LIVERPOOL, England – Liverpool pulled away from the Eurovision Song Contest on Sunday as Sweden celebrated victory and Ukraine remained defiant after a night of Russian bombing, including an attack on the hometown of the country’s competitors.
Electronic duo Tvorchi represented Ukraine at Saturday night’s spectacular pan-continental pop competition, finishing sixth of the 26th place with “Heart of Steel,” a hymn to the country’s resilience inspired by the Azovstal Steelworks siege in Mariupol finalists.
Air raid sirens wailed across Ukraine as the competition took place in Liverpool, and the Ukrainian military said a barrage from Russian drones and rocket attacks left dozens wounded. One attack hit Ternopil, the hometown of Tworchi in western Ukraine.
Ternopil was attacked again on Sunday morning, Ukraine’s State Civil Protection Agency said. Civilian buildings and cars were damaged; There was no immediate information about the victims.
“Ternopil is the name of our hometown that was bombed by Russia while we sang about our hearts of steel, our indomitability and our will on the Eurovision stage,” duo Andrii Hutsuliak and Jeffery Kenny posted on Instagram late Saturday.
“This is a message to all cities of Ukraine that are bombed every day. Kharkiv, Dnipro, Khmelnytskyi, Kiev, Zaporizhia, Uman, Sumy, Poltava, Vinnytsia, Odessa, Mykolaiv, Chernihiv, Kherson and all others. Europe, unite against evil for peace! Glory to Ukraine!”
Russia, a longtime Eurovision contestant, was banned from the competition last year for its invasion of Ukraine.
Swedish singer Loreen won the competition with her power ballad “Tattoo” in a colourful, eclectic music competition that was overshadowed for the second time by the war in Europe. Britain hosted the Eurovision Song Contest on behalf of Ukraine, who won last year but were unable to exercise their right to host the competition due to the war.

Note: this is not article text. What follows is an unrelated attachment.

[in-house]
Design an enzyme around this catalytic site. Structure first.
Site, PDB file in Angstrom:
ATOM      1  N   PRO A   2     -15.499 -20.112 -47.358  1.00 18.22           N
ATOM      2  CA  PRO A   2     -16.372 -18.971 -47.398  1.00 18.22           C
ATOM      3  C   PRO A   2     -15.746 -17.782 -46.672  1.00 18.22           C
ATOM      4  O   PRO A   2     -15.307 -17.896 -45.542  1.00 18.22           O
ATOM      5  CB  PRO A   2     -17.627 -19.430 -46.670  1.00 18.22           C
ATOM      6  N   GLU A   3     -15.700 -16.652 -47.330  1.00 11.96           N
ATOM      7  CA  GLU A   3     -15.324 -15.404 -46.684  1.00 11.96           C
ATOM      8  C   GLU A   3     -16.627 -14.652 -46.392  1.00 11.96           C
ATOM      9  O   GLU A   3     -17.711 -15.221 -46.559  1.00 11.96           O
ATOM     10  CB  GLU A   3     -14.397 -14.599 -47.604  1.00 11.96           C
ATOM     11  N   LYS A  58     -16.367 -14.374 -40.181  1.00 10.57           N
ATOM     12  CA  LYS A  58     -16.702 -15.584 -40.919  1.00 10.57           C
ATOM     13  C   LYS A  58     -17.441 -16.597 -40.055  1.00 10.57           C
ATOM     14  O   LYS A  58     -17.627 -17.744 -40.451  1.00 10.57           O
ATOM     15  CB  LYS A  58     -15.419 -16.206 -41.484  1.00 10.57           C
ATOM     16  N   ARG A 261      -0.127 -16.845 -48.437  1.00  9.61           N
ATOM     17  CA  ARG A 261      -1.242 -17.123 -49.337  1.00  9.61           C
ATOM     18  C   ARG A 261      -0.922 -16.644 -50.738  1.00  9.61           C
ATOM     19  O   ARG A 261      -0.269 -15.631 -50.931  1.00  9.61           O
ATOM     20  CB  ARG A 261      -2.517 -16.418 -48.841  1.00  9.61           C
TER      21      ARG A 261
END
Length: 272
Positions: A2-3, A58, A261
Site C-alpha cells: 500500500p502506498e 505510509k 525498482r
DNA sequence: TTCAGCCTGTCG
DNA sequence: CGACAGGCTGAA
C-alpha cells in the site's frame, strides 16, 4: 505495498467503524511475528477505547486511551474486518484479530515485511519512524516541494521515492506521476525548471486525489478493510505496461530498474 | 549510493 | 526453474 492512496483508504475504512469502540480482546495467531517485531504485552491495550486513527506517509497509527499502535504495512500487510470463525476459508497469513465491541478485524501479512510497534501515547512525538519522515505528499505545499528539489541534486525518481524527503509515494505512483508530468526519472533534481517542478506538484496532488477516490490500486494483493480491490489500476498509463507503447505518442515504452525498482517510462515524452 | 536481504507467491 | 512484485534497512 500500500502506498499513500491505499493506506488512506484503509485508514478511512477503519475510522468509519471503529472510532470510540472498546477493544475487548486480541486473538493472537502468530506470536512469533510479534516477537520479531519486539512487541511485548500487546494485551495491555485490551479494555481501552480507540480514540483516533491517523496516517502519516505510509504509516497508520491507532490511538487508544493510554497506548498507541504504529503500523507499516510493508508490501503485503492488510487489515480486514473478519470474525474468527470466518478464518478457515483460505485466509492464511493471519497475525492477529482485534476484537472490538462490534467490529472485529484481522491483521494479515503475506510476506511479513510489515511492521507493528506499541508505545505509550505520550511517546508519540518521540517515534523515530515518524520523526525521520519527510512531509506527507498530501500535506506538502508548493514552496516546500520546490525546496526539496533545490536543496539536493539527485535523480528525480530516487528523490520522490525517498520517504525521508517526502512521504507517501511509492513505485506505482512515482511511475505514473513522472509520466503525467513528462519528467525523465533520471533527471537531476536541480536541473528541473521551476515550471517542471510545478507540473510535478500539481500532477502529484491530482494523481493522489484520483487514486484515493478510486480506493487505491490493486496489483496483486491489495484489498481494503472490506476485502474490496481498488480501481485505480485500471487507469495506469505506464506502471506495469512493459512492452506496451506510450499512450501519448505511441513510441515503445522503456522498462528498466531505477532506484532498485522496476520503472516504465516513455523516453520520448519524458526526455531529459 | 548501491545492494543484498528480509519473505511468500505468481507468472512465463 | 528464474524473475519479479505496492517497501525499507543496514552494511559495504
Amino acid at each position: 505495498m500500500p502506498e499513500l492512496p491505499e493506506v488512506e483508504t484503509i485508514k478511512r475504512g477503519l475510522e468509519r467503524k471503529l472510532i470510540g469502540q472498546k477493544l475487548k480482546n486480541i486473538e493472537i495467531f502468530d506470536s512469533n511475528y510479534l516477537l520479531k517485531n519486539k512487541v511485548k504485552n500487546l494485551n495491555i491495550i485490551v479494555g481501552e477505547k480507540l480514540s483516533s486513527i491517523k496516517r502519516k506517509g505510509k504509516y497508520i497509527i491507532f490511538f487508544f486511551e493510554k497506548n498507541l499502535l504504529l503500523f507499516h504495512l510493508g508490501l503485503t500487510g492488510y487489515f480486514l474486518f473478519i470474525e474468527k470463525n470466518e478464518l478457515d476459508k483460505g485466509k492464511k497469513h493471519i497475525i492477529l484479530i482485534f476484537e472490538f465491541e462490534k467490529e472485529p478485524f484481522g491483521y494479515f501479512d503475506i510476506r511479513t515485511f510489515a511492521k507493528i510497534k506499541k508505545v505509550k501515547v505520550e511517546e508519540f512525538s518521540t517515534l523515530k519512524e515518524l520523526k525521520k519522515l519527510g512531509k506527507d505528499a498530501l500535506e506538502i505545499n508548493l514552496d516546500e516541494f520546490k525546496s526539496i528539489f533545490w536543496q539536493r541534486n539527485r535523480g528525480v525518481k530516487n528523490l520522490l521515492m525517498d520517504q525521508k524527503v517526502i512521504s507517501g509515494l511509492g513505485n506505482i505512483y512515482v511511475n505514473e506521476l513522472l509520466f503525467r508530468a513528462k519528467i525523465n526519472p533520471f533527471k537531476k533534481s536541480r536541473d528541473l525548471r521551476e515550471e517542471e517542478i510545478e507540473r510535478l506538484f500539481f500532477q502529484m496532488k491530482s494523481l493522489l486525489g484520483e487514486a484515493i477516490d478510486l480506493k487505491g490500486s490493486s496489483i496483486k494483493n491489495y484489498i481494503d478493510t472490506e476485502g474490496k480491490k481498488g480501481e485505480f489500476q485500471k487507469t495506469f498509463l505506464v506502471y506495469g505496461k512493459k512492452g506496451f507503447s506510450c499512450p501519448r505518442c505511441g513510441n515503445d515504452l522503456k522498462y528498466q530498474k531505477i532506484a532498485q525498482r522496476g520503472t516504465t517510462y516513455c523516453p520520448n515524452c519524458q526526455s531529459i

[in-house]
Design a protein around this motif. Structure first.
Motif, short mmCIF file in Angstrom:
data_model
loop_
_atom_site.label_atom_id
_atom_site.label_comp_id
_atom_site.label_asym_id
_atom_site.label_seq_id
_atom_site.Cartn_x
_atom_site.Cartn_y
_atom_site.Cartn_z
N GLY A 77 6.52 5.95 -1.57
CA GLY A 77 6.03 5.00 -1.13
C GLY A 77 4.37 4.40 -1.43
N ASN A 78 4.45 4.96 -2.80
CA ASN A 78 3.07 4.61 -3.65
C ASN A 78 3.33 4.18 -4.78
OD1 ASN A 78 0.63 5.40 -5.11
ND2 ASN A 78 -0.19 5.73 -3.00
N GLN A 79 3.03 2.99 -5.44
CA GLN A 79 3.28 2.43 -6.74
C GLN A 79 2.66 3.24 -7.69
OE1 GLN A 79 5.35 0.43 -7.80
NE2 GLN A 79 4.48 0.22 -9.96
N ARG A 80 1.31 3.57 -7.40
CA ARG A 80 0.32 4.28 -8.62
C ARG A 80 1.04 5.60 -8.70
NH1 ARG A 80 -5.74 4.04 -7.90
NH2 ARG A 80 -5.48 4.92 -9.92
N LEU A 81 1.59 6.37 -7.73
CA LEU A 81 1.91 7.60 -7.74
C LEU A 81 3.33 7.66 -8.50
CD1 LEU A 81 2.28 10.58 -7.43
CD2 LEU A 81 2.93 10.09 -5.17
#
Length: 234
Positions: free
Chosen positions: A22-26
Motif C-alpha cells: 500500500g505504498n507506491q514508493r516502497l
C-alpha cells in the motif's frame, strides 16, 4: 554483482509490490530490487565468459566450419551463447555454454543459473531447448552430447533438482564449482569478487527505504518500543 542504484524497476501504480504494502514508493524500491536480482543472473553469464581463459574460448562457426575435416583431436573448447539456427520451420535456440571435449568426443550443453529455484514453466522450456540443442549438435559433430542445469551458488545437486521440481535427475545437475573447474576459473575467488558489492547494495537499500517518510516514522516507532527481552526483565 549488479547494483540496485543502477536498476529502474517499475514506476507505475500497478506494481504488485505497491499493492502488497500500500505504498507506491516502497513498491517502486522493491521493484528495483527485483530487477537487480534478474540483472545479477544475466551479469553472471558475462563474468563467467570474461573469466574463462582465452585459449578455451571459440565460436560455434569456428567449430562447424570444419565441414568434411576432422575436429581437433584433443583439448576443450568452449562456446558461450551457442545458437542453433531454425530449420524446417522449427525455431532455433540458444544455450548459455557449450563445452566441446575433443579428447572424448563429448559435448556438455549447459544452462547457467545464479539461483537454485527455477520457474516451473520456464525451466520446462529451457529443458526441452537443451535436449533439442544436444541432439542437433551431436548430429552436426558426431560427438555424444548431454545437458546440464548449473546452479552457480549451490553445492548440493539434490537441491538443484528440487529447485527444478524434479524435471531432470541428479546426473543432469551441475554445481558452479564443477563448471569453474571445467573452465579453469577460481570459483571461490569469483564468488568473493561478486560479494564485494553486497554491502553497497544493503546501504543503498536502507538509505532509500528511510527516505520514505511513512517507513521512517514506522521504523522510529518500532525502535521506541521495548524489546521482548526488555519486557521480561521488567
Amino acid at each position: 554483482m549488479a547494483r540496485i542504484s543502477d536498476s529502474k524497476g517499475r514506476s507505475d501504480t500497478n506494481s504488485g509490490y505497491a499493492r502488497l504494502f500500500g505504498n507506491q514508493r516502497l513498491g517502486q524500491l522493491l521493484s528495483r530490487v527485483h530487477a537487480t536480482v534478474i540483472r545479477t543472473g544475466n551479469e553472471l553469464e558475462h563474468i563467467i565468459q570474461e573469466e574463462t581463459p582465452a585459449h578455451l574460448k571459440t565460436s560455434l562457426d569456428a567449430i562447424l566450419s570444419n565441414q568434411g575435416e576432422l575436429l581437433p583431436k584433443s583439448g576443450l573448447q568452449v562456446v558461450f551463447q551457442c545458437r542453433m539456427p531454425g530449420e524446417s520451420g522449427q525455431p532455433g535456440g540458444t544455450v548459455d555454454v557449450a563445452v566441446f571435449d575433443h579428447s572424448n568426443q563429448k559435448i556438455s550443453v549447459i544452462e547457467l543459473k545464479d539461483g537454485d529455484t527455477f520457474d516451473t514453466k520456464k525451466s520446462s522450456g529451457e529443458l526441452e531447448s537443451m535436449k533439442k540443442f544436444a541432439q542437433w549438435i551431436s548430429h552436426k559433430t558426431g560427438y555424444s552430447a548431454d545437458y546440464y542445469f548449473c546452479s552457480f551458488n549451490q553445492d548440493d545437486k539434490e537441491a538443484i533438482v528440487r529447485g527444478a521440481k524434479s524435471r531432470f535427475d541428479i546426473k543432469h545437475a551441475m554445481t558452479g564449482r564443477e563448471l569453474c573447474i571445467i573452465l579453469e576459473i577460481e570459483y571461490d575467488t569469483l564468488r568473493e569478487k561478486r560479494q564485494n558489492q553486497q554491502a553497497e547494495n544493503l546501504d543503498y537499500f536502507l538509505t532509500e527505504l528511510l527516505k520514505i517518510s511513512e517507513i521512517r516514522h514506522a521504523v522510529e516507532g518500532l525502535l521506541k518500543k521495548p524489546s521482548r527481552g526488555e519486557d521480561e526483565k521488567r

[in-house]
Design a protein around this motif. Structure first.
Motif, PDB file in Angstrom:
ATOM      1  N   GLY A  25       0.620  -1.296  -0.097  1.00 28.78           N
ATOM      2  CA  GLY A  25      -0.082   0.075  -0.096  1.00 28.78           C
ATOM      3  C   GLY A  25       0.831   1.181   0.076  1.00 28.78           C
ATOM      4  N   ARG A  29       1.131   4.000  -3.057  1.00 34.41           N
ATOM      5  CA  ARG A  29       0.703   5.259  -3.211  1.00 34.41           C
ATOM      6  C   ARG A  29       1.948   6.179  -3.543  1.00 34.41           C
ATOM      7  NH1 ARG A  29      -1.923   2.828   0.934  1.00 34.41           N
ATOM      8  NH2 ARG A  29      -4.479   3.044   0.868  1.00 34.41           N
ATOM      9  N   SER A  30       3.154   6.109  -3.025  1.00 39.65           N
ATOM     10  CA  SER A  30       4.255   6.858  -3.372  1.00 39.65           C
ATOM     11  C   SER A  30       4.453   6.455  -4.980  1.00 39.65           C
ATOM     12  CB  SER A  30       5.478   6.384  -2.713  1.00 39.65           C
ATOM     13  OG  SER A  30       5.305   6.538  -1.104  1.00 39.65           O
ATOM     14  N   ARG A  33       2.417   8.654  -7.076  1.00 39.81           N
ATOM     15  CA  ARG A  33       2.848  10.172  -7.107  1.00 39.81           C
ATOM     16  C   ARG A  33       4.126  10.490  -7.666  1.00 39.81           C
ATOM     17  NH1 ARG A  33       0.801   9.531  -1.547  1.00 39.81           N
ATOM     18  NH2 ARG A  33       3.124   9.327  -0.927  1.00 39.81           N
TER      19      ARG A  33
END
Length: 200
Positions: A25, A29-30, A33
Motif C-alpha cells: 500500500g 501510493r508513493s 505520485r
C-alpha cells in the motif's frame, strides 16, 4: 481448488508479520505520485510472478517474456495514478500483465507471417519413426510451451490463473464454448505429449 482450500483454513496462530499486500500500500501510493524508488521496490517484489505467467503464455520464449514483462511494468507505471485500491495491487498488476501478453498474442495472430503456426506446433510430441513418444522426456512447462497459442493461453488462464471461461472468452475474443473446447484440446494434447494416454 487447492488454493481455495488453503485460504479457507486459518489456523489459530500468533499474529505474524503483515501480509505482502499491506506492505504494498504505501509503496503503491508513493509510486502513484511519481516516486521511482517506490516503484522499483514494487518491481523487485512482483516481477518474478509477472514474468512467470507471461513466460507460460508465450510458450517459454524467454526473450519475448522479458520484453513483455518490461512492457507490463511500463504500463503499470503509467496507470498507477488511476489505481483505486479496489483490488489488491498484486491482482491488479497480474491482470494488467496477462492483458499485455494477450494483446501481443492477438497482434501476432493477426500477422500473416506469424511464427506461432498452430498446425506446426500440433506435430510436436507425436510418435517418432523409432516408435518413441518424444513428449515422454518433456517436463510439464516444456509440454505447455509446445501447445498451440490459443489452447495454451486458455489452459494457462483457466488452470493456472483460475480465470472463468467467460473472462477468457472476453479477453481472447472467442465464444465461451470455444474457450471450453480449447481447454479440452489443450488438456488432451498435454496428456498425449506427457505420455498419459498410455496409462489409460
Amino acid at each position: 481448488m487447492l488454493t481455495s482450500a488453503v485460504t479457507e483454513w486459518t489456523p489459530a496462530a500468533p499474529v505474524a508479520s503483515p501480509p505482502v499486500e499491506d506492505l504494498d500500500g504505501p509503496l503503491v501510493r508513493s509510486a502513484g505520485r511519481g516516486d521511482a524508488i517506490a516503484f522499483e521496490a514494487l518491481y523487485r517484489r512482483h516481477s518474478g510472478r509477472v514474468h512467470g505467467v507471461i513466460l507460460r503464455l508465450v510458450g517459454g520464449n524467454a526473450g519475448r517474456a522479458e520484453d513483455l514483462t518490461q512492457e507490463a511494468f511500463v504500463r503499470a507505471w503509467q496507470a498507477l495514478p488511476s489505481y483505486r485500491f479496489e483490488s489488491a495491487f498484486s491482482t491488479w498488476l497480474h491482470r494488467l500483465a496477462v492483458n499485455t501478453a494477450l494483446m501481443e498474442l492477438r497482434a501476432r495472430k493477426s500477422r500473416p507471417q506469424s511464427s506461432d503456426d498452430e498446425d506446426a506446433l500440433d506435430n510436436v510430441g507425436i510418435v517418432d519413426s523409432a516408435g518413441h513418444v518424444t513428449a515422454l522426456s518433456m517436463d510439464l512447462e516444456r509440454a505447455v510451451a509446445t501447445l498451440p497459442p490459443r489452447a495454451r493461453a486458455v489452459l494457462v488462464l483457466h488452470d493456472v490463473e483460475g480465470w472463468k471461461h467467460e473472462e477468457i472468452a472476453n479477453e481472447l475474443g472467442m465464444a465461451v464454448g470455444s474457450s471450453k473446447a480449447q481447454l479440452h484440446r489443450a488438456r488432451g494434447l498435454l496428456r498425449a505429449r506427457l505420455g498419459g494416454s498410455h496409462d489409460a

The sights and sounds of Ukraine shaped the show, beginning with an opening film featuring the Kalush Orchestra, winners of the 2022 Eurovision Song Contest, singing and dancing on the Kiev Metro, with the tune picked up by musicians in the UK – including Kate, Princess of Wales also play the piano.
The folk-rap band themselves then appeared on stage at the Liverpool Arena with huge hands outstretched, accompanied by numerous drummers. It was one of several Ukrainian acts to perform during the nearly four-hour show.
In its 67th year, the Eurovision Song Contest bills itself as the world’s biggest music competition – an Olympiad for party pop. The contestants each have three minutes to combine catchy tunes and breathtaking spectacle in performances that can capture the hearts of millions of viewers.
Loreen’s anthem of intense love had been the bookmakers’ favourite. She faced a powerful challenge from Finnish singer Käärijä, a highly energetic artist whose rap-pop party anthem “Cha Cha Cha” took second place.
Loreen, 39, who previously won the Eurovision Song Contest in 2012, said she was “seriously overwhelmed” because she became only the second person to win the crown twice. Irishman Johnny Logan was the first doubles winner in the 1980s. Sweden’s victory is the country’s seventh win, equaling Ireland’s record.
The win gives Sweden the right to host next year the 50th anniversary of Sweden’s first Eurovision triumph – ABBA’s 1974 victory with ‘Waterloo’.
The competition ended with a thrilling ending between Loreen, who won the jury vote from music professionals from across Europe, and Käärijä, who emerged as the clear winner of the audience vote.
The Finn admitted he was disappointed.
“Of course, to be honest, it feels bad. What I wanted was a win,” Käärijä told Finnish media in Liverpool. “Of course you have to be proud of this achievement. A cool performance with a Finnish song. I have a slightly sad feeling. But life goes on. It’s not that serious. You have to get on with life.”
Käärijä was undoubtedly the star of the Eurovision Song Contest and the haunting chorus of ‘Cha Cha Cha’ is likely to hit dance floors across Europe this summer.
Mae Muller, representing host country Great Britain, was penultimate – a far cry from 2022 when Britain’s Sam Ryder finished second behind Ukraine.
Liverpool, which won a competition among UK cities to host the event, welcomed both the Eurovision Song Contest and Ukraine with open arms and hearts. Businesses across the city hoisted Ukrainian flags and a program of cultural events introduced locals to the Eastern European country’s art, music and gastronomy.
However, organizers said they turned down a request from Ukrainian President Volodymyr Zelenskyy to deliver a video address. The European Broadcasting Union said this would violate “the non-political nature of the event”.
Associated Press writer Jari Tanner in Helsinki contributed to this story.
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